|Publication number||US6578487 B2|
|Application number||US 09/733,755|
|Publication date||Jun 17, 2003|
|Filing date||Dec 8, 2000|
|Priority date||Dec 8, 2000|
|Also published as||EP1340038A1, US20020069782, WO2002046688A1|
|Publication number||09733755, 733755, US 6578487 B2, US 6578487B2, US-B2-6578487, US6578487 B2, US6578487B2|
|Inventors||Vahan Avetisian, Todd Rosin|
|Original Assignee||Special Devices, Inc.|
|Export Citation||BiBTeX, EndNote, RefMan|
|Patent Citations (16), Referenced by (15), Classifications (10), Legal Events (9)|
|External Links: USPTO, USPTO Assignment, Espacenet|
The present invention generally relates to the field of pyrotechnic initiators, and more particularly to a pyrotechnic initiator having a crimped sleeve for retaining a pyrotechnic charge.
Pyrotechnic initiators have many uses in industrial and consumer applications. One important use is in triggering the inflation of airbags in motor vehicles. Significant efforts have been made in the automotive industry to reduce the cost of manufacturing reliable airbag initiators. One advance has been the use of liquids and slurries in loading pyrotechnic charges into the initiators. There remains a substantial need for further reduction in the costs of manufacturing reliable initiators, however, and hitherto, a narrowed sleeve has never been used to retain a pyrotechnic charge in an initiator.
In accordance with the present invention, a sleeve with a narrowed end retains a pyrotechnic charge in place in an initiator.
The FIGURE is a sectional view of an embodiment of the present invention.
Various initiator configurations can be used, or modified appropriately for use, in the present invention. As can be seen from the FIGURE, a preferred embodiment of an initiator 10 according to the present invention includes a number of features typically found in a pyrotechnic initiator. For example, there is a molded insulating body 55, and a coaxial sealed header assembly 20 hermetically attached to a can 65 that is surrounded by an insulator cup 56. The depicted coaxial header assembly 20 in turn consists of a coaxial, isolated center pin 40, glass 50, an eyelet 60, a welded bridgewire 70, and a ground pin 30, with both of pins 30 and 40 extending beyond body 55 to form a connector end.
In the depicted embodiment of the present invention, however, the lower region of a preferably uniformly cylindrical sleeve 90 is slid onto eyelet 60 until approximately the upper half or third of sleeve 90 remains above the top surface of header assembly 20. Then, the lower end 92 of sleeve 90 is circumferentially crimped inwardly along a corresponding circumferential indentation in eyelet 60, so as to firmly secure sleeve 90 onto eyelet 60. Other suitable methods, such as welding, can also be used to secure the sleeve.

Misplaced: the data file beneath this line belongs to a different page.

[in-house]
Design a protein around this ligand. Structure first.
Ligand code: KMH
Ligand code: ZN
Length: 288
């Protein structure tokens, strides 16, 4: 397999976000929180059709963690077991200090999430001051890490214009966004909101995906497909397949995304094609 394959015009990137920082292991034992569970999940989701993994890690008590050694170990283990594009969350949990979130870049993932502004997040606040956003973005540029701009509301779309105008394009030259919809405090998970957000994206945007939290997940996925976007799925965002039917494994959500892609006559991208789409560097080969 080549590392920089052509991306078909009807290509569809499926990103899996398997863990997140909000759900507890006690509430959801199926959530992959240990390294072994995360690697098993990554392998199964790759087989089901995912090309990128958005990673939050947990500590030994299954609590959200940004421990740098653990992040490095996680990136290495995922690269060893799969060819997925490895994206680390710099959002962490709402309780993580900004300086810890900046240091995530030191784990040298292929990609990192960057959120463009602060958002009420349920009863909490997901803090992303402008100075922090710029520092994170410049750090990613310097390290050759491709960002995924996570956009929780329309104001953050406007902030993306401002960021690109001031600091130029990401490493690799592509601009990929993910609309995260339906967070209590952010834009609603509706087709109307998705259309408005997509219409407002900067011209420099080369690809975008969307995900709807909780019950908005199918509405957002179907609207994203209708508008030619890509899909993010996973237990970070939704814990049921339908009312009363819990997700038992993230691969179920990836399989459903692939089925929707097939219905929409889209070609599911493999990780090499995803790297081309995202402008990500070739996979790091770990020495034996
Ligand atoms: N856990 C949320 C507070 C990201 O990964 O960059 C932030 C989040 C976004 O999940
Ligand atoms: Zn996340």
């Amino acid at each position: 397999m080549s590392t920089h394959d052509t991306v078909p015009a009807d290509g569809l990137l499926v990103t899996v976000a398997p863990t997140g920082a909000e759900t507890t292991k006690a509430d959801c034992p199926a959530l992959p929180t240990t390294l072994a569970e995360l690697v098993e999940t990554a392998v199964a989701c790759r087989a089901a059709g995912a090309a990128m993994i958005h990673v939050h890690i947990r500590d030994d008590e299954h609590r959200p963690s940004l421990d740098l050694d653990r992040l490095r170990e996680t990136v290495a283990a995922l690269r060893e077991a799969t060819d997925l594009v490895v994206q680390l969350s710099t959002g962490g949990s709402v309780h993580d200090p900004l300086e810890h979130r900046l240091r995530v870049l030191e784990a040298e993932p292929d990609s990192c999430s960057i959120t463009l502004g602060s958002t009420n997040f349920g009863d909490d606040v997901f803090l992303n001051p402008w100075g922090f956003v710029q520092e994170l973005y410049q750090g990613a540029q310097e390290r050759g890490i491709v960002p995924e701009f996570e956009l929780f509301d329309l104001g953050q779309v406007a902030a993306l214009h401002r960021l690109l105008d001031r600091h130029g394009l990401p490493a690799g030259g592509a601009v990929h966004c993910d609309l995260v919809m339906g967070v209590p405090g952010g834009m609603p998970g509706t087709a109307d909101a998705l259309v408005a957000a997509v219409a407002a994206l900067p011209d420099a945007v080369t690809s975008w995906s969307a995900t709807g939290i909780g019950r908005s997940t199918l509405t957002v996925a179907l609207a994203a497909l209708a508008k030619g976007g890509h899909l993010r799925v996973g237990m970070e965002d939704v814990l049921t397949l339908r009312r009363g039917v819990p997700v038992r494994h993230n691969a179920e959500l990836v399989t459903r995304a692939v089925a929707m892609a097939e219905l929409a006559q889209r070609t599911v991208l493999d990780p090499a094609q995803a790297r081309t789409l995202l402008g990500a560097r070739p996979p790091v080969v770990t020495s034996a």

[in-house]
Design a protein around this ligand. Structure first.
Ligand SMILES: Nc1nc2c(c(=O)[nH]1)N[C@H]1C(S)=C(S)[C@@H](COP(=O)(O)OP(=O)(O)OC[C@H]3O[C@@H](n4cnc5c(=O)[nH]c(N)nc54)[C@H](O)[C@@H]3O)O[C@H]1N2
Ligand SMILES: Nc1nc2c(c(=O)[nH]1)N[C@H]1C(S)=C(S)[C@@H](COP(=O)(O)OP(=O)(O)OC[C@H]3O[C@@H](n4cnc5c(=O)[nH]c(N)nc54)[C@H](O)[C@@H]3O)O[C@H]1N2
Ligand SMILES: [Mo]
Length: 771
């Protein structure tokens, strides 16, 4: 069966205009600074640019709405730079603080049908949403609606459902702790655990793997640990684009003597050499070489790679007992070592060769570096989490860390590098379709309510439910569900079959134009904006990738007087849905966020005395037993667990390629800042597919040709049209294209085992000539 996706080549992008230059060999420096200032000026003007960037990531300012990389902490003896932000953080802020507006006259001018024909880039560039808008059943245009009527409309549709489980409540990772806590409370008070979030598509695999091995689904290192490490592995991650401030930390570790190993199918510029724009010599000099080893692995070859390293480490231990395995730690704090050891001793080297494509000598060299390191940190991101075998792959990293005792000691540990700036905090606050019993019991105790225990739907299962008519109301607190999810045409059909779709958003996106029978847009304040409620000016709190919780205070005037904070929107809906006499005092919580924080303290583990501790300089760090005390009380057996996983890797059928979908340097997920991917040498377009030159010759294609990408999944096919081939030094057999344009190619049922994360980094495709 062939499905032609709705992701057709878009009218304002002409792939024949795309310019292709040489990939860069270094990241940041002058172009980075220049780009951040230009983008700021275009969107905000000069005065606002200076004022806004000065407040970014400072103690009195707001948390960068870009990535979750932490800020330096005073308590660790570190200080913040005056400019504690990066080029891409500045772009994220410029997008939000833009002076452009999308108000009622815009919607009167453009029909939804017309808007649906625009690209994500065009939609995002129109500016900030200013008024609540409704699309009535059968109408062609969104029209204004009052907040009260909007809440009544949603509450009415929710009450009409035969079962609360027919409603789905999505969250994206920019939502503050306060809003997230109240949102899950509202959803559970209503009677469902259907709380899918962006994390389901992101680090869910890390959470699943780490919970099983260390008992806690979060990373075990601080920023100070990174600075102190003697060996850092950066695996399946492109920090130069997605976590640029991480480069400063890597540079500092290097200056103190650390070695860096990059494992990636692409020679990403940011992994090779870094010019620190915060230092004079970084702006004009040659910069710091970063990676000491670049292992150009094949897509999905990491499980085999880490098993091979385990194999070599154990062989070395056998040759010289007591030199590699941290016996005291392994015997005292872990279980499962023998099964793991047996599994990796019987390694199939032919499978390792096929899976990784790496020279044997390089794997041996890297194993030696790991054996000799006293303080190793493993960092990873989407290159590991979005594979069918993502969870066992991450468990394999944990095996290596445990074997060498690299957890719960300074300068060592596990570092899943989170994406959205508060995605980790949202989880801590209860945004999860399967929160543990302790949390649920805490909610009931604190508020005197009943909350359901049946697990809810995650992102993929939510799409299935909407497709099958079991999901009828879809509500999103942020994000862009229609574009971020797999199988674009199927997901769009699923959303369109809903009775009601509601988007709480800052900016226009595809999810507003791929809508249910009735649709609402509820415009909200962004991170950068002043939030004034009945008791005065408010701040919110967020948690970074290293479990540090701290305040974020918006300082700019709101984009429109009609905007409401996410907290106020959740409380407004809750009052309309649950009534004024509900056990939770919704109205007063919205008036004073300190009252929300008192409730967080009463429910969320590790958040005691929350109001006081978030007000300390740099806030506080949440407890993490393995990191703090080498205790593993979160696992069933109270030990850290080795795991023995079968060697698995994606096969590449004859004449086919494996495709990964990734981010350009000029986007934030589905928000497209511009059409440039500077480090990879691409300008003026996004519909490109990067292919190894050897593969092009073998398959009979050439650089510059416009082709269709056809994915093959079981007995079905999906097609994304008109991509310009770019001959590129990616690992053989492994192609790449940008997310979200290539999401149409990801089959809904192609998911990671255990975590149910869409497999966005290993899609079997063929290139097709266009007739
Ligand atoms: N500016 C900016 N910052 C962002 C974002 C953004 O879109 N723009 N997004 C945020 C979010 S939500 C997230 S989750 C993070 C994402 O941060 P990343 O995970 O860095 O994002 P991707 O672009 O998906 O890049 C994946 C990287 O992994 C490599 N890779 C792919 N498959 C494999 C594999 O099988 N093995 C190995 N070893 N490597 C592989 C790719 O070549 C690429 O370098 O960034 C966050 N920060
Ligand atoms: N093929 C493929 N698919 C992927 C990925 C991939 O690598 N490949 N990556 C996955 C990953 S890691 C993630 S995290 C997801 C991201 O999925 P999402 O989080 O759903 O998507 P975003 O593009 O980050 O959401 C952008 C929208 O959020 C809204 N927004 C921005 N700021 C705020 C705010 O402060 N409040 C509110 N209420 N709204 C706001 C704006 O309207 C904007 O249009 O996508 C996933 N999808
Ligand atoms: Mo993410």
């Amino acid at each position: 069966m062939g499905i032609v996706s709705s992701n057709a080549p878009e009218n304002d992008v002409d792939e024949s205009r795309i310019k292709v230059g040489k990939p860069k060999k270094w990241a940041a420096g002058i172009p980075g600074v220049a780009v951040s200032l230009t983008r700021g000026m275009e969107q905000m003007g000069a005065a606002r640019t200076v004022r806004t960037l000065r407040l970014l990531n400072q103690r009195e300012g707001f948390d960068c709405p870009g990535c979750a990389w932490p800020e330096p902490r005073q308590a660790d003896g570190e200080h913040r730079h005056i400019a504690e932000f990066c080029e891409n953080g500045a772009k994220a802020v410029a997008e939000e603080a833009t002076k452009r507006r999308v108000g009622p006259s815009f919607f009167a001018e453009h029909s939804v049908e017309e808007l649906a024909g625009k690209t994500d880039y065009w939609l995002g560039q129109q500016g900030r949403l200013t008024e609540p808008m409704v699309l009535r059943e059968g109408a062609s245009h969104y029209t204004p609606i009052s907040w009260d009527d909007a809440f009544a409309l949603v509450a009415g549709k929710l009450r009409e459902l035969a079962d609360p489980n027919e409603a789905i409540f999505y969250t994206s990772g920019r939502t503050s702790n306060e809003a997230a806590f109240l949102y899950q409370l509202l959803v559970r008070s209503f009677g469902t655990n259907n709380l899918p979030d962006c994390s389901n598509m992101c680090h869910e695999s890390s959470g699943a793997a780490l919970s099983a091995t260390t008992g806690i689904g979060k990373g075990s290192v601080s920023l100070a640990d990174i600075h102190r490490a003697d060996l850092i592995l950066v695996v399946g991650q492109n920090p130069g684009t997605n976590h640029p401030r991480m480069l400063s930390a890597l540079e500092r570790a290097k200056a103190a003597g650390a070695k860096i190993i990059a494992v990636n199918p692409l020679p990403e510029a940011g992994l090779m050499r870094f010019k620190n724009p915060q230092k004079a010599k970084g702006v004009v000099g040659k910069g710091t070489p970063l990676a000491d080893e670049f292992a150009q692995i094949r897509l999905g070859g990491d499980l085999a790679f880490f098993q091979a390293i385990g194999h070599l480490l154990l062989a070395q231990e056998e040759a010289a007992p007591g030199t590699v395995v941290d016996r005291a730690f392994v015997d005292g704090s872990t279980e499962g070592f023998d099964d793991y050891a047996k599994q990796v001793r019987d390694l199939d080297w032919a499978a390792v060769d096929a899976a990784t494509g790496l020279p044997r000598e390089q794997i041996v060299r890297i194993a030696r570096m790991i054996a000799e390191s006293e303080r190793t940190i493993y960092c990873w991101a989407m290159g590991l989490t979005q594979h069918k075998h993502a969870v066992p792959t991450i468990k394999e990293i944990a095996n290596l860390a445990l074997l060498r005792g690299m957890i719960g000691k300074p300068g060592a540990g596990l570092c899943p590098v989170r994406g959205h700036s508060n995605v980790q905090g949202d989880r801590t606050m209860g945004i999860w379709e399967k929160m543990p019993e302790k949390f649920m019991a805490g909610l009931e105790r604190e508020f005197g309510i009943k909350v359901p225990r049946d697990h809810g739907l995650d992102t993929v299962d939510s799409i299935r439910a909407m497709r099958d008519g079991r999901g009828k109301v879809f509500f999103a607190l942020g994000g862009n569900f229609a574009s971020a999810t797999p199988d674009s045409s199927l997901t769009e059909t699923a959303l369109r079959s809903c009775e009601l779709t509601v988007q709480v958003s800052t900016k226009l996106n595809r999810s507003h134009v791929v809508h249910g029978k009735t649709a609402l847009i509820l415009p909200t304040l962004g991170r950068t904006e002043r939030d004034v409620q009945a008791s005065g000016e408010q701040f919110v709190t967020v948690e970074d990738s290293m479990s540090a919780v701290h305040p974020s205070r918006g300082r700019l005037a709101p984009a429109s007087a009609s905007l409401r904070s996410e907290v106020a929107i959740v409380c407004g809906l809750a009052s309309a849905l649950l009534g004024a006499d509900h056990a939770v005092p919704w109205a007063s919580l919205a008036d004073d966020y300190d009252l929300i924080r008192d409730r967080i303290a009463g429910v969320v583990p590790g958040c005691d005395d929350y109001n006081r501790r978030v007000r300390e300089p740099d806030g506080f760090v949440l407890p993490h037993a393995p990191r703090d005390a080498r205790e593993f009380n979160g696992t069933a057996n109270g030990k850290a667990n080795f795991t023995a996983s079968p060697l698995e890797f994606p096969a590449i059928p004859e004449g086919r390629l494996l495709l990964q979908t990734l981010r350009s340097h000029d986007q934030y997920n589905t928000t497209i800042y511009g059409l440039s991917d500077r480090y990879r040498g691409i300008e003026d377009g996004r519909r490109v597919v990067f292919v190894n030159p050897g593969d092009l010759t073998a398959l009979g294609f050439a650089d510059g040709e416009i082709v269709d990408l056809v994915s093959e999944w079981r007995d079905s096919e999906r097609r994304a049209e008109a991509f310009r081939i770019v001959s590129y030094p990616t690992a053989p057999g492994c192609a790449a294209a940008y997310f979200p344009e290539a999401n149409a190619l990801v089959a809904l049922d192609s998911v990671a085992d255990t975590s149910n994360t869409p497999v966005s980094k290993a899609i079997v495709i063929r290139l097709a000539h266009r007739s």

Following that, preferably substantially the entire open area within sleeve 90 (i.e., the area within the aforementioned upper half or third that remains above the top surface of header assembly 20) is loaded with a suitable pyrotechnic charge 82. Preferably, this is done using a slurry loading technique or similar means known in the art. Some examples of relevant slurry-loadable pyrotechnic compositions are described in U.S. Pat. No. 5,686,691 to Hamilton, et al., the disclosure of which is incorporated herein by reference as if set forth in full. Preferably after (although, less preferably, it could be done before or during) drying of the slurry, the upper end 91 of sleeve 90 is circumferentially crimped inwardly so that it becomes narrowed and compresses charge 82. During or after this step, the top of charge 82 is preferably (although it is not necessary) pressed downwardly to pack charge 82 more tightly and more firmly press it against bridgewire 70. Pressing preferably produces a concave top on charge 82 (as shown in the FIGURE), although the top of charge 82 could alternately be formed flat or even project convexly above the top of sleeve 90.
Although sleeve 90 is preferably loaded after it is attached to the header assembly as just described, sleeve 90 could alternately be separately pre-loaded (preferably with a slurry, and preferably upside-down on a flat surface or suitable fixture) with charge 82 (so as to fill the desired portion of the upper region of sleeve 90). Then (preferably after drying of slurry), the top of header assembly 20 could be inserted into sleeve 90 such that the bottom of charge 82 makes intimate contact with bridgewire 70. The lower end 92 of sleeve 90 could then be firmly affixed to eyelet 60 and the upper end 91 of sleeve 90 crimped inwardly, as described above.
Alternately still, rather than forming the narrowed upper end 91 of sleeve 90 by crimping it after loading sleeve 90, sleeve 90 could be formed with a narrowed end right from the outset, and the slurry charge just loaded and allowed to dry in the sleeve without the need for crimping the sleeve. This is less preferable, however, than forming the narrowed end after the slurry has dried within the sleeve.